Patients treated with tamoxifen (TAM) for primary breast cancer often manifest de novo or acquired resistance, possibly through changes in drug metabolism. Using solid-phase extraction methods and reversed-phase high-performance liquid chromatography separations, levels of TAM and metabolites 4-hydroxytamoxifen (4OH) and desmethyltamoxifen (DMT) have been measured in plasma and tumour tissue from breast cancer patients treated with TAM for at least 3 months. Patients were categorized into those with tumours responding to TAM and those showing de novo or acquired resistance. Levels of TAM, 4OH and DMT in both plasma and tissue samples were correlated with clinical response, length of treatment and patient weight. Interesting results included accumulation of 4OH in tumour tissues over time in all patients, with significance reached in the acquired resistance group. In addition, significantly lower levels of 4OH and DMT were found in plasma taken from responding patients after 3 months of treatment when compared to non-responding patients, and a small group of ER-poor patients showed significantly lower levels of all three species in plasma when compared to other patients. Whilst not explaining TAM resistance in all cases, these differences could account for the development of resistance to TAM treatment in certain subgroups of patients.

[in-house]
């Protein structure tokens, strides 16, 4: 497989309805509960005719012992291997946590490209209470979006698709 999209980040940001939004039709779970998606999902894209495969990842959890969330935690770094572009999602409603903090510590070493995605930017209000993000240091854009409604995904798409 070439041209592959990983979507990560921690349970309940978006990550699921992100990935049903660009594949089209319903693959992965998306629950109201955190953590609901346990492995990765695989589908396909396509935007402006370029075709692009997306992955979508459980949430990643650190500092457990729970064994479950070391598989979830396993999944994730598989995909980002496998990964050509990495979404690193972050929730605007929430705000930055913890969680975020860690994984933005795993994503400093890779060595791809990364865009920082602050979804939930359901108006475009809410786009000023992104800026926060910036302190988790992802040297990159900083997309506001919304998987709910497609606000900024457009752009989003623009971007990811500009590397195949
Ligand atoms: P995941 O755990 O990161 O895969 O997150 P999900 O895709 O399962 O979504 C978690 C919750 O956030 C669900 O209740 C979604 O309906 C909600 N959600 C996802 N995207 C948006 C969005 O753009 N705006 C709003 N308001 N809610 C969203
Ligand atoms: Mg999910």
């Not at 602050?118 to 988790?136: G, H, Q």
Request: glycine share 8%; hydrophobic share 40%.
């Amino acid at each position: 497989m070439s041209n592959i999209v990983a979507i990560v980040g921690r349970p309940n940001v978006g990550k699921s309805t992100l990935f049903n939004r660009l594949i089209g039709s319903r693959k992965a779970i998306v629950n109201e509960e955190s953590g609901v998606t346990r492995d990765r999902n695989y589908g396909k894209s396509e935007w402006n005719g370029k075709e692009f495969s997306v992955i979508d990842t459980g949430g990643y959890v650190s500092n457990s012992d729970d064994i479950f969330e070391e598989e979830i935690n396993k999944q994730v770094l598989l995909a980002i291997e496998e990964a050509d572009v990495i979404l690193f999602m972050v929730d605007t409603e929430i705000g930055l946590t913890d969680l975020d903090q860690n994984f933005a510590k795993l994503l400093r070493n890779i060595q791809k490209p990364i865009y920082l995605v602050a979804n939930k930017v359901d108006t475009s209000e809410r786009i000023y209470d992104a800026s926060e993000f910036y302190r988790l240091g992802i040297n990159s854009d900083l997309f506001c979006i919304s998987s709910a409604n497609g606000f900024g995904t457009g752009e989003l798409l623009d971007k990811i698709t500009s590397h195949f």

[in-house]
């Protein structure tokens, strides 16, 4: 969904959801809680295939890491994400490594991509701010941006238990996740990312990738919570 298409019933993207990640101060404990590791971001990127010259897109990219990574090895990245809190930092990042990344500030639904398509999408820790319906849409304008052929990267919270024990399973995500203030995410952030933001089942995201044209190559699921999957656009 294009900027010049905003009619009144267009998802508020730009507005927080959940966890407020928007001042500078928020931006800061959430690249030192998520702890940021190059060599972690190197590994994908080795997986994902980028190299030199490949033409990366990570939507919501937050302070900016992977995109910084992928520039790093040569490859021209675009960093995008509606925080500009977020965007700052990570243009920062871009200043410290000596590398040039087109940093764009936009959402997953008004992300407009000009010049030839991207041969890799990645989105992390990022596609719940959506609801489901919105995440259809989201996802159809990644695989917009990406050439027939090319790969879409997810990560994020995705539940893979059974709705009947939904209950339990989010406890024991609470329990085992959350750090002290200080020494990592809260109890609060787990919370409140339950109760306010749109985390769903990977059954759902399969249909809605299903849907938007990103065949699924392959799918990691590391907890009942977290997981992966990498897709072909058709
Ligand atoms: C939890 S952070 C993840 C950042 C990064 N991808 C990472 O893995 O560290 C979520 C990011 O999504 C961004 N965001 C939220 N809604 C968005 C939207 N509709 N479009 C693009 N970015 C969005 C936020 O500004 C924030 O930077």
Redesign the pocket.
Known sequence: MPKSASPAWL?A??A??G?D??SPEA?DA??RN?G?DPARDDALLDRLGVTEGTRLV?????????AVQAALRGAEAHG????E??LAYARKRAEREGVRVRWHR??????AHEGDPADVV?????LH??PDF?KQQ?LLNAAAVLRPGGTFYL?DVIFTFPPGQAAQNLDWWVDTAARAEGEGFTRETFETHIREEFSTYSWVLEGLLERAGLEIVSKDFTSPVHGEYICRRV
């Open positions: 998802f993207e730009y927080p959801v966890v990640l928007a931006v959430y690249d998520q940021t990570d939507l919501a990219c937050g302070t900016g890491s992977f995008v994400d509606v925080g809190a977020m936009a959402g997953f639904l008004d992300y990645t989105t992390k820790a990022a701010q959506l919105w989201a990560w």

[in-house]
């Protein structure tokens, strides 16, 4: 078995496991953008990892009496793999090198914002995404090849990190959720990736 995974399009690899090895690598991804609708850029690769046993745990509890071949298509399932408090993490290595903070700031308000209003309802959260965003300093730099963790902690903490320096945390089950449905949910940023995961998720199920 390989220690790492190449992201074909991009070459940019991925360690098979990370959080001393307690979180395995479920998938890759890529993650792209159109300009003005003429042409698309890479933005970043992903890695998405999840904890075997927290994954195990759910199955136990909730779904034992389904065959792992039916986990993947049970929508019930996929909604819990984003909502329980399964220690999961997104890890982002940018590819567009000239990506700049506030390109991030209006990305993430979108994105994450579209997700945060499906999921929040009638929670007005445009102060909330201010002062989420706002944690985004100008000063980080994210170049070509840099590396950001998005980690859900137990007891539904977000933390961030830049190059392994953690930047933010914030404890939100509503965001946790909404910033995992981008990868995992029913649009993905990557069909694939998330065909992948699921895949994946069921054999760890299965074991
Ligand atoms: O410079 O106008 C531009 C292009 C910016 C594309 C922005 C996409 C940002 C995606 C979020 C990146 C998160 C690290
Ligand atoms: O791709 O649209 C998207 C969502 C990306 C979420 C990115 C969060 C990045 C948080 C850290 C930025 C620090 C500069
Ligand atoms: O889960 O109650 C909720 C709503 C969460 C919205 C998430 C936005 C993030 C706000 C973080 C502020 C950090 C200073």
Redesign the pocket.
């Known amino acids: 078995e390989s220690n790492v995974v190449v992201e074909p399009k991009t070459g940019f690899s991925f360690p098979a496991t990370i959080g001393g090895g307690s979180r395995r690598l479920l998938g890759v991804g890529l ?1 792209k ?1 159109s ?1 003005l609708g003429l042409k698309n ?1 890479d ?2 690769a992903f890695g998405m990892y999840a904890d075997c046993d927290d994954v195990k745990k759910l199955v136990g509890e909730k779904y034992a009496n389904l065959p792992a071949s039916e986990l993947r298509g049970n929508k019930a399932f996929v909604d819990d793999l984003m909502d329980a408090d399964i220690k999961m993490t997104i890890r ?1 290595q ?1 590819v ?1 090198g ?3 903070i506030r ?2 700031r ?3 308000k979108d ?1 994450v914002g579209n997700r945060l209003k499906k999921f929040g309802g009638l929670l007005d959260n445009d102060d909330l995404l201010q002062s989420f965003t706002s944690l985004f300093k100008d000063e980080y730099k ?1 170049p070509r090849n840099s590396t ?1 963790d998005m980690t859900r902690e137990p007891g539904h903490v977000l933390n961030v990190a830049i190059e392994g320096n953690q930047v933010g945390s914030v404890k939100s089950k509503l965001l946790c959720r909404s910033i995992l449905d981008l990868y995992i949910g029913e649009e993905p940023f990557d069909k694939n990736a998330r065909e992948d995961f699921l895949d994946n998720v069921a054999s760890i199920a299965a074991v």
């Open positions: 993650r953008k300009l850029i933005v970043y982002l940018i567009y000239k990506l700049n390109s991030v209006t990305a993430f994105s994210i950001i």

MacCallum, J., Cummings, J., Dixon, J. M., & Miller, W. R. (2000). Concentration of tamoxifen and its major metabolites in hormone responsive and resistant breast tumours. Nature, 82(10), 1629-1635. https://doi.org/10.1054/bjoc.2000.1120